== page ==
A few days ago a pretty cool memory popped up in my Facebook timeline— a post from last year when I announced I was accepting a full time position as a marketing manager. Of course I had jobs before that point. (I’ve worked since I was 16, sometimes full-time, sometimes part-time, depending on how many credits I was taking.) But this wasn’t just a new job, it was the first job for what I went to school for, a sign that I was on my way to a real career.
Cut to a year later, and saying that it’s been quite a ride would be an understatement.
In the last 12 months I’ve dealt with a coworker from hell, 14 hour days, and missed deadlines. I’ve also met so many great people at industry events, learned about new passions and strengths, and successfully project managed new marketing initiatives along with a minor company re-brand. Throughout the year, with all of its highs and lows, there is one thing I wish I would have known before starting out...
Are you ready?
- It’s pretty easy to earn respect.
- It’s super easy to lose it.
- It’s 3x harder to earn it back.
- And there’s nothing objective about it.
Okay, maybe that’s 4 things. But the concept stands.
Confession time, I really lost the plot a few months ago. I was far too arrogant and refused to acknowledge I was in over my head with work responsibilities. I was given big and important responsibilities because I had won my boss’s respect and trust. But, when I accepted those responsibilities, I didn’t have a clear picture of what it all involved or what it truly meant.
Over the course of a single lunch, I went from having everything under control to spinning plates and putting out fires. But I was fine. Except, I wasn’t. The more I realized what I had to do, the more stressed I became.
I got quiet and became easily frustrated; not exactly a pleasure to work with.This meant my communication with my team was hindered, I was so focused on minor tasks that I could address individually, I lost sight of larger team projects and was less available for them.
I stopped reaching out to connect with my team, and they stopped reaching out to connect with me. So, when the day came to review a cornerstone project for the year, it shouldn’t have been a surprise to me that there was no way we were going to meet the deadline.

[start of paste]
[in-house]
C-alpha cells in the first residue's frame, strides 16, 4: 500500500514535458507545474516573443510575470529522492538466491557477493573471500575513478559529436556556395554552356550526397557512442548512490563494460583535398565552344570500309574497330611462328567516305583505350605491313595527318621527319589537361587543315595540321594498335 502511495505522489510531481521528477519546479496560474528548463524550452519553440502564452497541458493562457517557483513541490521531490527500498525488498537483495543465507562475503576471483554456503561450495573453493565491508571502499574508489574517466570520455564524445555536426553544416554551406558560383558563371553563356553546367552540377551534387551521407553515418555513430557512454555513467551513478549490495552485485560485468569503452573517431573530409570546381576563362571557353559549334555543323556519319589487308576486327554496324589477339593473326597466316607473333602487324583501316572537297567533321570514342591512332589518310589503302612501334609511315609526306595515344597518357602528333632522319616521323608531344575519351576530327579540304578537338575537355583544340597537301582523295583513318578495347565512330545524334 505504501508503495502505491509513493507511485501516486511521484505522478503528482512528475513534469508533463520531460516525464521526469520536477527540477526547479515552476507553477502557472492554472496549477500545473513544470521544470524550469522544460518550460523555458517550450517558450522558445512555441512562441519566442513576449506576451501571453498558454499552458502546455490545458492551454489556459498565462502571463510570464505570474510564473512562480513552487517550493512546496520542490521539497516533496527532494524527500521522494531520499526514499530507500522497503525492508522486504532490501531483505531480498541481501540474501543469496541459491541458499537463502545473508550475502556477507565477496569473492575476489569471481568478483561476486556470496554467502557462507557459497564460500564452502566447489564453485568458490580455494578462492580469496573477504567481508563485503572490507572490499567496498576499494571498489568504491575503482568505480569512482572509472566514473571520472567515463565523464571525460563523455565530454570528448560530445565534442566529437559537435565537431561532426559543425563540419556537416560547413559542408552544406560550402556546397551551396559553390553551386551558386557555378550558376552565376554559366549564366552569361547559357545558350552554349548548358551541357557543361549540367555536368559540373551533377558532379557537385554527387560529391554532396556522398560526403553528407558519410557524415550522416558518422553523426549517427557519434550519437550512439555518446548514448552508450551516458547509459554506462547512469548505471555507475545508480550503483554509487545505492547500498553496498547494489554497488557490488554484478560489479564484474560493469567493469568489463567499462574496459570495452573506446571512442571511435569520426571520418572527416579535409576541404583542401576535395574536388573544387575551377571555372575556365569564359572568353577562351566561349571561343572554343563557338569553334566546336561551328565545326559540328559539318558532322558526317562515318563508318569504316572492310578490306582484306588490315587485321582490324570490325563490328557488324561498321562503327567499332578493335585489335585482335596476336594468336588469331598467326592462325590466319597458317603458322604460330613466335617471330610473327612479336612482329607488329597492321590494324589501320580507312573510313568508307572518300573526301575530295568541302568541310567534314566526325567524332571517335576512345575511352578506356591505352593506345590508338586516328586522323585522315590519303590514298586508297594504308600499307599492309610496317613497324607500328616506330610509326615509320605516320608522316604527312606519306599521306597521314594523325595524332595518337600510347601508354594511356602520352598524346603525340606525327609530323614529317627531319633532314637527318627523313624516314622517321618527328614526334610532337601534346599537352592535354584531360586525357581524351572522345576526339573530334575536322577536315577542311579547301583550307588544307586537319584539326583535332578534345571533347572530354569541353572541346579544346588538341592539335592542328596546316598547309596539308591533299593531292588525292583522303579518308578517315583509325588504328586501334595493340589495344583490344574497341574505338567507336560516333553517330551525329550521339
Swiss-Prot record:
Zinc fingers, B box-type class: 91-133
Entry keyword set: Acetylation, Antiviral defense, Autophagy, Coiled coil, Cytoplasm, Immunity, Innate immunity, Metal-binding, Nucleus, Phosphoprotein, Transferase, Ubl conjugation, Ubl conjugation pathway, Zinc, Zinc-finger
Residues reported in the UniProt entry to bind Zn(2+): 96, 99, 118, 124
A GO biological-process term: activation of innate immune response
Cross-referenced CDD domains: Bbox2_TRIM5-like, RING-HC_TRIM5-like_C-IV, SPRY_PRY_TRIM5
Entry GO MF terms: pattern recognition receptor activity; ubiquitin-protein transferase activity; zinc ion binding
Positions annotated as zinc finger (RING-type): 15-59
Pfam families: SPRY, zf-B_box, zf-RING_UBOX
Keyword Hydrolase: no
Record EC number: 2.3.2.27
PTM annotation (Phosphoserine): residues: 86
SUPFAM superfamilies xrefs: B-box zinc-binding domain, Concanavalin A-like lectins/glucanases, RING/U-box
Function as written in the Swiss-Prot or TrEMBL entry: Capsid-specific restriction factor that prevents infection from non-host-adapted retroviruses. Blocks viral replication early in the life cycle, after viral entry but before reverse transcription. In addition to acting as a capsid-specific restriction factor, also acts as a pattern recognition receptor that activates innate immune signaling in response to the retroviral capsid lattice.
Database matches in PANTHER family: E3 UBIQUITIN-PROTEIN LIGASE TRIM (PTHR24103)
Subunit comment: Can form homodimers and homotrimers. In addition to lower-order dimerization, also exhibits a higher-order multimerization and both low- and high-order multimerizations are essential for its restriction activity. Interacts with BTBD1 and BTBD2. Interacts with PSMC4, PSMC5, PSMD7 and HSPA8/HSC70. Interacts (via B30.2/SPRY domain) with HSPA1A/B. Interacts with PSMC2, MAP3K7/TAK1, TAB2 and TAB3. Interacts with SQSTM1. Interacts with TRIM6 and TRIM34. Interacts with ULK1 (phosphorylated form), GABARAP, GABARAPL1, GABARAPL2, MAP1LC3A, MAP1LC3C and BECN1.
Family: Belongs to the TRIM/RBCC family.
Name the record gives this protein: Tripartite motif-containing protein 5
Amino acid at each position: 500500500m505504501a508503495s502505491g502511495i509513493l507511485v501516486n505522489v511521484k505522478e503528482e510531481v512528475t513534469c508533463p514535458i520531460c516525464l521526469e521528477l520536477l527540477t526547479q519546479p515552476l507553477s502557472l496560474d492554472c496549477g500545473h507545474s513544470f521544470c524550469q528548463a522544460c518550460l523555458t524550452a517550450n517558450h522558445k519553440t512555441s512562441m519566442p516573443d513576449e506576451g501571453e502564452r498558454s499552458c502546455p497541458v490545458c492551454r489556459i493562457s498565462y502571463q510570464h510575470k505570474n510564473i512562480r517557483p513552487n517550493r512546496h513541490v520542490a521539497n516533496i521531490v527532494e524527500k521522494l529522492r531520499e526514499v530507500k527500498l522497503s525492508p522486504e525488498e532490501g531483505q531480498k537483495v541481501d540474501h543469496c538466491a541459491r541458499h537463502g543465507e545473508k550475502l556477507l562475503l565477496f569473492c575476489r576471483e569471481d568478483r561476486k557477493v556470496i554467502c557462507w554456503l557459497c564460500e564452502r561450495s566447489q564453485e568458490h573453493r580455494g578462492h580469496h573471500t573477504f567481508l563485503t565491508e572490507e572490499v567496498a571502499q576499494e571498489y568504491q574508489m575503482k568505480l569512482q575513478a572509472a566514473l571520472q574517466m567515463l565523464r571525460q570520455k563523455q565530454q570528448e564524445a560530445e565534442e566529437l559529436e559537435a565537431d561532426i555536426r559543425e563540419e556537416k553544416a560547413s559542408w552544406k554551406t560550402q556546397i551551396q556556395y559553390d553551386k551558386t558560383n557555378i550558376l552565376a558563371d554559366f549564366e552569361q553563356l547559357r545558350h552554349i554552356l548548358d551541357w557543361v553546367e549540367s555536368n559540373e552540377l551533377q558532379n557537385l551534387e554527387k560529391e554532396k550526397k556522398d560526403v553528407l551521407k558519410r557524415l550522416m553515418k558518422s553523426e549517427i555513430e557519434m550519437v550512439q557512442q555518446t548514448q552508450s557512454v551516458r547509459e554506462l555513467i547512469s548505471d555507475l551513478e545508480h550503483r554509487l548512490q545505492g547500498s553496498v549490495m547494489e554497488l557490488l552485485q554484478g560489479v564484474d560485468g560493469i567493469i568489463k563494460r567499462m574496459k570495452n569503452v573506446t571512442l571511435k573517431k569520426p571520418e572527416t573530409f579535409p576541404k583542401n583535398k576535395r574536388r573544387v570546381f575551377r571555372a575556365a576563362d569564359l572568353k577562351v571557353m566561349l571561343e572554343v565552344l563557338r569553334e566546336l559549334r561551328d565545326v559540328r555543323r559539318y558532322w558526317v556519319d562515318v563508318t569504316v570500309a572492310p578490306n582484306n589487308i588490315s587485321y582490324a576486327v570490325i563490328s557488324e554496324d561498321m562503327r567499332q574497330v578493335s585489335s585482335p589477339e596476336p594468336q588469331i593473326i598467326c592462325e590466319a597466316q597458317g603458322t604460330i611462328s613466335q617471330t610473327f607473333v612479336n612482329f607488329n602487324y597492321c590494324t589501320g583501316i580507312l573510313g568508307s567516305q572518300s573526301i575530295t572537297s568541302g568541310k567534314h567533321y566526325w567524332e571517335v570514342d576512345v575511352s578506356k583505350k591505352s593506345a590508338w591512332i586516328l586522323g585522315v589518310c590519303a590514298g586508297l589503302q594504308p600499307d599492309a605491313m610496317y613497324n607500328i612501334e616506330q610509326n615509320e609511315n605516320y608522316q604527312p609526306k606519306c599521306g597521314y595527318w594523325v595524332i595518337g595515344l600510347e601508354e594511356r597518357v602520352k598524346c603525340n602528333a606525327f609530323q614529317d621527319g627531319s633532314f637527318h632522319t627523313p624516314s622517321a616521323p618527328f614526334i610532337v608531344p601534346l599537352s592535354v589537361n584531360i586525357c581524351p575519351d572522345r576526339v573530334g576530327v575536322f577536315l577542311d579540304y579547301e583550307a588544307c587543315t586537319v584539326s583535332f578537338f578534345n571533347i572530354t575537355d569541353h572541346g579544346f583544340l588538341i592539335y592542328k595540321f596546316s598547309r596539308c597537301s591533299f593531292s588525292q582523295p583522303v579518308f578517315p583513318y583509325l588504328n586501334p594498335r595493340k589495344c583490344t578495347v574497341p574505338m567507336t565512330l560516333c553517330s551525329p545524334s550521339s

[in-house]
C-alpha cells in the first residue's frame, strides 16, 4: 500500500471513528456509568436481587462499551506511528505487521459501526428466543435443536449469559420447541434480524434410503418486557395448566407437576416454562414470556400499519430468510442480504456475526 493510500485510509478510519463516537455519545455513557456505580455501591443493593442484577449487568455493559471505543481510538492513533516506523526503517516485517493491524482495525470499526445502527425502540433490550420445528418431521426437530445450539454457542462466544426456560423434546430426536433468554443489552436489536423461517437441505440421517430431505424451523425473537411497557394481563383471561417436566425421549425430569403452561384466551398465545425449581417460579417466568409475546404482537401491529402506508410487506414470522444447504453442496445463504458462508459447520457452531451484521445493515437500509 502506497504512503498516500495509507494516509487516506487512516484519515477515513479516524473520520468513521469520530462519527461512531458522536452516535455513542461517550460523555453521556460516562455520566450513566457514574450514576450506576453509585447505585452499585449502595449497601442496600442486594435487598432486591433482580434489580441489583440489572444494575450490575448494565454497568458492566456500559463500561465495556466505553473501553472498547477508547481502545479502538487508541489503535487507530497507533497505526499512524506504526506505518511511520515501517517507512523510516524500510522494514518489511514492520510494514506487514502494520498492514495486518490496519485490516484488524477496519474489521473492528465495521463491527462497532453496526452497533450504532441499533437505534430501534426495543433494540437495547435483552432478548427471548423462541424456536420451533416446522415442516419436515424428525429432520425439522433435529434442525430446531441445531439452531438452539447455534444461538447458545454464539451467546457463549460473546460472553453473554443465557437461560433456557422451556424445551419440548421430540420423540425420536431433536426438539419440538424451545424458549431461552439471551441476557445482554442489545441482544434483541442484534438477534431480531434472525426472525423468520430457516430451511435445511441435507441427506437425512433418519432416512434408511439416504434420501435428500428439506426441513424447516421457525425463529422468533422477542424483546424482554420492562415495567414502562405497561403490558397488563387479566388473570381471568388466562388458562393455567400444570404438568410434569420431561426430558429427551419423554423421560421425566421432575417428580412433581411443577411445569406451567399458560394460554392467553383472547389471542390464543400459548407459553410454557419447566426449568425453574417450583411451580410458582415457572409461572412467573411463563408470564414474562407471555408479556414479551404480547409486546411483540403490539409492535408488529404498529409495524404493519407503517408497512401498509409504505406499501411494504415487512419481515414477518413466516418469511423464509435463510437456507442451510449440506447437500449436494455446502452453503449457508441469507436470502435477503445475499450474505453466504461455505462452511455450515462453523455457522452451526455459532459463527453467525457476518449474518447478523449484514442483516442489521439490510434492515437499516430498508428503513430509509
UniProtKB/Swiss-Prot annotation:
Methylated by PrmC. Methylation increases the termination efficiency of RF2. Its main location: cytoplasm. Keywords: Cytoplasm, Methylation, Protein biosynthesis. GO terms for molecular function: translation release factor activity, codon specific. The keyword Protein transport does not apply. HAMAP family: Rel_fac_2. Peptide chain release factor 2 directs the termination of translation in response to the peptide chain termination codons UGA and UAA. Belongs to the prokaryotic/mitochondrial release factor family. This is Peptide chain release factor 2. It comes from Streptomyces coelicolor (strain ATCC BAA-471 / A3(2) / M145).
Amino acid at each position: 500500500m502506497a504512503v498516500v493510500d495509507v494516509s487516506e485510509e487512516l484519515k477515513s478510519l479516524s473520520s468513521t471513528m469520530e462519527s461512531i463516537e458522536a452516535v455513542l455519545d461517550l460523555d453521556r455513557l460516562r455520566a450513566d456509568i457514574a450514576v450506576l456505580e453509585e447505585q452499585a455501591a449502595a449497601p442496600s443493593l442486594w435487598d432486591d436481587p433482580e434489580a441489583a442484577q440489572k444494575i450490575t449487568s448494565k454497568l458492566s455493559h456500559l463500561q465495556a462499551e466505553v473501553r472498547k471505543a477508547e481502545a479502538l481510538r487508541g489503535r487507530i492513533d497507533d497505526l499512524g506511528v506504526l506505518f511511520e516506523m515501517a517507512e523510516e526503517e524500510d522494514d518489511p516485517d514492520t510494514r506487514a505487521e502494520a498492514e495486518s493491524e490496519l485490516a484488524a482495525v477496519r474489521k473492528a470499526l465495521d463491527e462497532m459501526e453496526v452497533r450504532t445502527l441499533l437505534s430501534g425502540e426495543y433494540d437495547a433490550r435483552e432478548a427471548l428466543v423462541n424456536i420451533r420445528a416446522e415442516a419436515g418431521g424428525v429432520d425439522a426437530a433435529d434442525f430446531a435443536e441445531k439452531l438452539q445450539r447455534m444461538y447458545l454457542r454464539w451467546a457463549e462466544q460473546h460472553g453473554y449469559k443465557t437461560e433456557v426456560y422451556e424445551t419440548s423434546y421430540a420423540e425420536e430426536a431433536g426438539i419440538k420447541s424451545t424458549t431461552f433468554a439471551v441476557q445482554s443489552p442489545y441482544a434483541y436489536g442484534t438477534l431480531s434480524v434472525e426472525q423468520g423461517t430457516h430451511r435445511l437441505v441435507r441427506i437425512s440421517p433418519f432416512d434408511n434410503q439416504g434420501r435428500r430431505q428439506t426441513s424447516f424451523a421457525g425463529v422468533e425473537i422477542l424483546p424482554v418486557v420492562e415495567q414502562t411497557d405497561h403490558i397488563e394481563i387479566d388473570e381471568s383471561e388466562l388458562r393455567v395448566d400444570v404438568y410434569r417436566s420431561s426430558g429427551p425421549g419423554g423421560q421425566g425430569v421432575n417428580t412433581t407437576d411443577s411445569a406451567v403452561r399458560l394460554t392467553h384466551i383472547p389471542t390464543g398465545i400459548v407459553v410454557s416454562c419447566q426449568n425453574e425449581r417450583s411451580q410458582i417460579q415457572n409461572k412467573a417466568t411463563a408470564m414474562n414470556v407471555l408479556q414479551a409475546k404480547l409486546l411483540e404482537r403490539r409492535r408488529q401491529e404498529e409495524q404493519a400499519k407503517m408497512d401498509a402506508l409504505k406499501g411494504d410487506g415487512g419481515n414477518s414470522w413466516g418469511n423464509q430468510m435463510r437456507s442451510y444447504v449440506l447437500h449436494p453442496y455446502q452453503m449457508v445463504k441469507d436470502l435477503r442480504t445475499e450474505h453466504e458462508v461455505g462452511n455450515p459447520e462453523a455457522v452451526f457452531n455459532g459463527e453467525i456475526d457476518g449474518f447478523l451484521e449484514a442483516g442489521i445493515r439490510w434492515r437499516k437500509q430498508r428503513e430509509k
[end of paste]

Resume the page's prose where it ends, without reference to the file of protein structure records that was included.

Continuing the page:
Shouldn’t is the keyword.
But, because I was so wrapped up in my own projects that this miss hit me like a ton of bricks. Which, hit my boss like a mack-truck. (And, if I can add in a special bonus lesson, it’s this—you never want your boss negatively surprised. Ever. )
It wasn’t a good moment for me. Or my team. Or my boss.
I wish I could write about how I’ve risen from the ashes and everything is good.
But it’s not.
I mean, I still have my job, I wasn’t even put on a performance plan or given a written warning. (Let’s just be sure to note I had a lot of social capital built up.)
Things just aren’t the same.
The foundation that our small team was building has shifted, and we all have to find our footing again. There’s a dance that happens when someone misses a deadline; you want to move on and not be resentful while still taking the past performance into account when considering other assignments and timelines with this person.
And here's the thing, this lesson doesn’t just apply to individuals. Over the course of the last six months, the company I work with has been in a state of rebuilding ever since my boss fired someone who did not fit the team, and who did so much damage, we’re still learning about the ramifications. She burnt bridges with clients in such a way they don’t even want to interact with us at all.
As soon as this person left, it was time for the team to step up and show our clients that we were better than what they had experienced; which we did and are doing. But they were still nervous. We’re coming up on a year since this person started working with us, and have about 6 months left until we hit a full year without her influence.
We’re just now starting to be respected by folks in the industry again; after countless events, e-mails, phone calls, and hours of relationship repair. And that’s just earning back respect, not sales or lost clients. The monetary piece will take even longer; we’re all willing to engage with people on a surface level in a professional setting, but significantly more hesitant to enter into business with them. This is as true for individual clients as it is for corporate clients.
I’m sure you’re wondering what she did that was so bad.
Legally, I can’t say. If you’re just dying to know so you don’t do the same things, then remember this—be professional, and be respectful. If you do those two things with clients or coworkers, you’ll be okay in the long run.
Notice, I didn’t say be superhuman and perfect, or anything like that. Sometimes, being professional means knowing your limits, and being respectful means working through interpersonal conflicts that come up instead of building resentments. Understanding those two pieces means you won’t even need the first piece of advice I opened with because you won’t put yourself in a situation where you’d lose your boss’ respect.